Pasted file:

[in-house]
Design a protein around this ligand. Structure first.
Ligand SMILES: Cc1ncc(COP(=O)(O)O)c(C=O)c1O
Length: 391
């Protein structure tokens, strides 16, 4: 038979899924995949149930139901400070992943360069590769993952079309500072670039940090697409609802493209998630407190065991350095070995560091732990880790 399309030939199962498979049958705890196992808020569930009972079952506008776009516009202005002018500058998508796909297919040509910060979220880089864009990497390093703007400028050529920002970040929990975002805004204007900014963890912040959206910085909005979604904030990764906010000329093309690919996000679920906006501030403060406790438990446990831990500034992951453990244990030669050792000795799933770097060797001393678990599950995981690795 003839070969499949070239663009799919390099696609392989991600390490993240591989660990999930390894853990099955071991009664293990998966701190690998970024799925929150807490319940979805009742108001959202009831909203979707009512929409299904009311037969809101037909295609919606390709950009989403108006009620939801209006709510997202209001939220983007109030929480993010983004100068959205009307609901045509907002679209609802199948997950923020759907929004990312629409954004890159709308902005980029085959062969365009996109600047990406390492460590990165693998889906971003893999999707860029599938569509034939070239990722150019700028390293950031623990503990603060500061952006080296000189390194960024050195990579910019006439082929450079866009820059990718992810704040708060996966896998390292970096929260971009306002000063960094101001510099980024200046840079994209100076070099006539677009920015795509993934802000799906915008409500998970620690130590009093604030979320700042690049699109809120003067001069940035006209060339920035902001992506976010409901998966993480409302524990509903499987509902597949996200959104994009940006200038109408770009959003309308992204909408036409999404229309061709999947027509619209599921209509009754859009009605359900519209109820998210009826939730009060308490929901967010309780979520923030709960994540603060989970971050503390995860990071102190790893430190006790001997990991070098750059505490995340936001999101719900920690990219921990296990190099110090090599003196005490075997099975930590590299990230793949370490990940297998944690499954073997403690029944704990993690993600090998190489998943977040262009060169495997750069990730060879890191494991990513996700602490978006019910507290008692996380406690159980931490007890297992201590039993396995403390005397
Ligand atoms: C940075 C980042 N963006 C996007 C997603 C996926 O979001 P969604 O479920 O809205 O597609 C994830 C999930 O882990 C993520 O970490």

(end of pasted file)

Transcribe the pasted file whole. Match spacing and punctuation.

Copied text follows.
[in-house]
Design a protein around this ligand. Structure first.
Ligand SMILES: Cc1ncc(COP(=O)(O)O)c(C=O)c1O
Length: 391
């Protein structure tokens, strides 16, 4: 038979899924995949149930139901400070992943360069590769993952079309500072670039940090697409609802493209998630407190065991350095070995560091732990880790 399309030939199962498979049958705890196992808020569930009972079952506008776009516009202005002018500058998508796909297919040509910060979220880089864009990497390093703007400028050529920002970040929990975002805004204007900014963890912040959206910085909005979604904030990764906010000329093309690919996000679920906006501030403060406790438990446990831990500034992951453990244990030669050792000795799933770097060797001393678990599950995981690795 003839070969499949070239663009799919390099696609392989991600390490993240591989660990999930390894853990099955071991009664293990998966701190690998970024799925929150807490319940979805009742108001959202009831909203979707009512929409299904009311037969809101037909295609919606390709950009989403108006009620939801209006709510997202209001939220983007109030929480993010983004100068959205009307609901045509907002679209609802199948997950923020759907929004990312629409954004890159709308902005980029085959062969365009996109600047990406390492460590990165693998889906971003893999999707860029599938569509034939070239990722150019700028390293950031623990503990603060500061952006080296000189390194960024050195990579910019006439082929450079866009820059990718992810704040708060996966896998390292970096929260971009306002000063960094101001510099980024200046840079994209100076070099006539677009920015795509993934802000799906915008409500998970620690130590009093604030979320700042690049699109809120003067001069940035006209060339920035902001992506976010409901998966993480409302524990509903499987509902597949996200959104994009940006200038109408770009959003309308992204909408036409999404229309061709999947027509619209599921209509009754859009009605359900519209109820998210009826939730009060308490929901967010309780979520923030709960994540603060989970971050503390995860990071102190790893430190006790001997990991070098750059505490995340936001999101719900920690990219921990296990190099110090090599003196005490075997099975930590590299990230793949370490990940297998944690499954073997403690029944704990993690993600090998190489998943977040262009060169495997750069990730060879890191494991990513996700602490978006019910507290008692996380406690159980931490007890297992201590039993396995403390005397
Ligand atoms: C940075 C980042 N963006 C996007 C997603 C996926 O979001 P969604 O479920 O809205 O597609 C994830 C999930 O882990 C993520 O970490």